10 Million Euros for Nanoscale Water Research

European Research Council supports "n-AQUA" collaboration

October 25, 2022

Water is typically described as a transparent liquid with a certain density and viscosity. Details of how individual water molecules behave are often ignored. Yet if water is spatially confined to nanometer dimensions, for instance, in a nanopore, this so-called continuum description breaks down, and molecular details matter. In fact, there are indications that entirely new and previously unknown phenomena appear. Understanding these phenomena is quintessential for technological applications, such as the production of hydrogen and water purification. A project (ERC Synergy Grant) by researchers from the Max Planck Institute for Polymer Research in Mainz (MPI-P), the CNRS and École normale supérieure - PSL in Paris (ENS-PSL), and the University of Cambridge now receives funding from the EU. The researchers will jointly investigate the quantum mechanical properties of ‘nano-water’ over the next six years.

Water is a unique liquid that makes the Earth the "blue planet”. For centuries, the partially anomalous properties of water have been studied: For example, water has its highest density at 4 °C, and icebergs float on water. However, if water is strongly confined spatially, its properties change dramatically: water flows differently, and its phase diagram - which describes its aggregate states as a function of pressure and temperature - changes. Conventional theories can no longer explain this behavior of "nanoscale water".

"The phenomena we want to investigate are crucial for a variety of technological applications," says Mischa Bonn, director at the Max Planck Institute for Polymer Research. In his department, he uses laser spectroscopy to study the motion and alignment of water molecules. "For the desalination of water, for example, water molecules must flow through nanometer-sized pores. A better understanding on this length scale can make this process more efficient," Bonn said.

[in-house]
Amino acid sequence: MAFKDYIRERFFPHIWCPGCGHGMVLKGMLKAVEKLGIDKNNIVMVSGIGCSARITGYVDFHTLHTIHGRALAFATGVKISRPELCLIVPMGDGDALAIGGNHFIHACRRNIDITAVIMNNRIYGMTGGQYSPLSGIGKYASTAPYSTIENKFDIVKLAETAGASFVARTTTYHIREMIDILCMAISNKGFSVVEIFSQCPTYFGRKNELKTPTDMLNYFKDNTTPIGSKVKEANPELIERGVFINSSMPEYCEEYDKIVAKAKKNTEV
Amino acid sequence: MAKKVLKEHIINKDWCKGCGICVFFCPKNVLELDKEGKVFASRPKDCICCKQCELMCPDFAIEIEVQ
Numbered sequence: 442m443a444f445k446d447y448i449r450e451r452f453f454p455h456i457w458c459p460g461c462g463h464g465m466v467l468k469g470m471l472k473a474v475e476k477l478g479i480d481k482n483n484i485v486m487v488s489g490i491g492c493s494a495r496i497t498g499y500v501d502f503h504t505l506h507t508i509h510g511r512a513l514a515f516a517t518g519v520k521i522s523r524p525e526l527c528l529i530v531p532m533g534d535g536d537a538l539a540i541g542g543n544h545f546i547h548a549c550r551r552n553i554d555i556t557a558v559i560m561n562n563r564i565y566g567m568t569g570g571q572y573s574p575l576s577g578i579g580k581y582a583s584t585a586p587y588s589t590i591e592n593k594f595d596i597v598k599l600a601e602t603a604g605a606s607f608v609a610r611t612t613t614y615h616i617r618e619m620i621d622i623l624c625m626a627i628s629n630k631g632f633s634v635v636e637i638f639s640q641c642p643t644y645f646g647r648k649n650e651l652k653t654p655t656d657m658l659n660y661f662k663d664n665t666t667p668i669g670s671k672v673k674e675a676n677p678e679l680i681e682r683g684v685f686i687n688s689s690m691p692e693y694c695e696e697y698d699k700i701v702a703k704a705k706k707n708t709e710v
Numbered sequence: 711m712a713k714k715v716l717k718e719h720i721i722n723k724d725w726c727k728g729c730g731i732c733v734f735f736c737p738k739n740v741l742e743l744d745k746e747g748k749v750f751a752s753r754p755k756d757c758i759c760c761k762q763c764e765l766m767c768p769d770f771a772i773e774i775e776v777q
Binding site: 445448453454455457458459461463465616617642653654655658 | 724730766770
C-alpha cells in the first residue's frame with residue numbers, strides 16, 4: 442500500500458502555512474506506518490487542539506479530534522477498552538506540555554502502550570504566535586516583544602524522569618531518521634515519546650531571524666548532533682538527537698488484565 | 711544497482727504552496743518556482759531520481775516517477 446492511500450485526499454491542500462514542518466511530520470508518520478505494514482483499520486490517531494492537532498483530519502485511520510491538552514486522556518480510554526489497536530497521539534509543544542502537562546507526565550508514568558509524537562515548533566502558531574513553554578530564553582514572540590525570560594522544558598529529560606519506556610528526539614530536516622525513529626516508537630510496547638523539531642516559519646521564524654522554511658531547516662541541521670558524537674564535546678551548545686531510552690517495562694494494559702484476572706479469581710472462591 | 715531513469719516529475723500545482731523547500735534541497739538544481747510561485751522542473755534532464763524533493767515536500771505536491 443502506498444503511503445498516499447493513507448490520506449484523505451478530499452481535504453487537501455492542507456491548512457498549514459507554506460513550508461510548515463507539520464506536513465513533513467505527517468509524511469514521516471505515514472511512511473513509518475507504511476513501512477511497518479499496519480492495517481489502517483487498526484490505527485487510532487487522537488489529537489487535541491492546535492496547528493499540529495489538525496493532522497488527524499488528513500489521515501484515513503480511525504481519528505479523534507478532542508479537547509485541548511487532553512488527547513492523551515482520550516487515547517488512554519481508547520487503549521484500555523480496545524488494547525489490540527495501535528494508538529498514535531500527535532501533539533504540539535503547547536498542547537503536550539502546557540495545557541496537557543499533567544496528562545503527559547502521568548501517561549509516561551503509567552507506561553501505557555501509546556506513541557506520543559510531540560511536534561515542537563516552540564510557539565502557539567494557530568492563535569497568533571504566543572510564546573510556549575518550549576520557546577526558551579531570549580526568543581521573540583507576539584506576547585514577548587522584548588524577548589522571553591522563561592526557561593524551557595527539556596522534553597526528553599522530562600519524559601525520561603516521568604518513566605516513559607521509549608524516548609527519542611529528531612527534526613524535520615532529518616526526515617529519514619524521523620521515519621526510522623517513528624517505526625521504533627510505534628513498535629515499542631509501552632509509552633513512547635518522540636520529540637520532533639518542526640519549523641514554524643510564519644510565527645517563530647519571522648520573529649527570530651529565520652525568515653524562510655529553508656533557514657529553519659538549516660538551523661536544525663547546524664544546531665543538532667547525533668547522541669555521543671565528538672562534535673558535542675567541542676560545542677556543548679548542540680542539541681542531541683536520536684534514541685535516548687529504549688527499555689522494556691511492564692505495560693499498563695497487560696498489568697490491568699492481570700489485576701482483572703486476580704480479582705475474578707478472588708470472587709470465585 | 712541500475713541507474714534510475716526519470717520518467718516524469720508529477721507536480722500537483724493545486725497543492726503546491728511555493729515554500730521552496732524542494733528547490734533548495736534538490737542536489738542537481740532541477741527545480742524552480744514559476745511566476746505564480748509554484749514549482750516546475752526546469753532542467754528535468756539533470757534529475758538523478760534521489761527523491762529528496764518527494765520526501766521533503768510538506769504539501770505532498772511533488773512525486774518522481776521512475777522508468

Therefore, the EU-funded "n-AQUA" project – short for “Nanoscale water: A Quantum Understanding of Angstrom-scale transport” - will initially focus on studying and understanding such water confined to the nanoscale. The joint experiments rely on the expertise in nanometer confinement from Paris, the ability to ‘see’ water using advanced spectroscopies in Mainz, to be complemented with computer simulations from Cambridge to obtain a holistic picture of nanoscale water.

It is further planned to also investigate the flow properties of water: For example, can the confining material affect the flow properties by exchanging energy between the material and the water? Or do the electronic properties of the surrounding material have an influence? With this understanding, the researchers hope to be able to influence and shape the flow properties of water on a nanoscale in the future, which can then be used to improve technological processes.

The obtained Synergy Grant will fund the research for the next six years with a total amount of 10 M€. The grant, awarded by the ERC (European Research Council), is explicitly given for the collaboration of several Principal Investigators who, according to the ERC, "bring different skills and resources to tackle ambitious research problems." The evaluation panel, in its assessment of the proposed work, stated: “This is an exemplary proposal in all aspects”.

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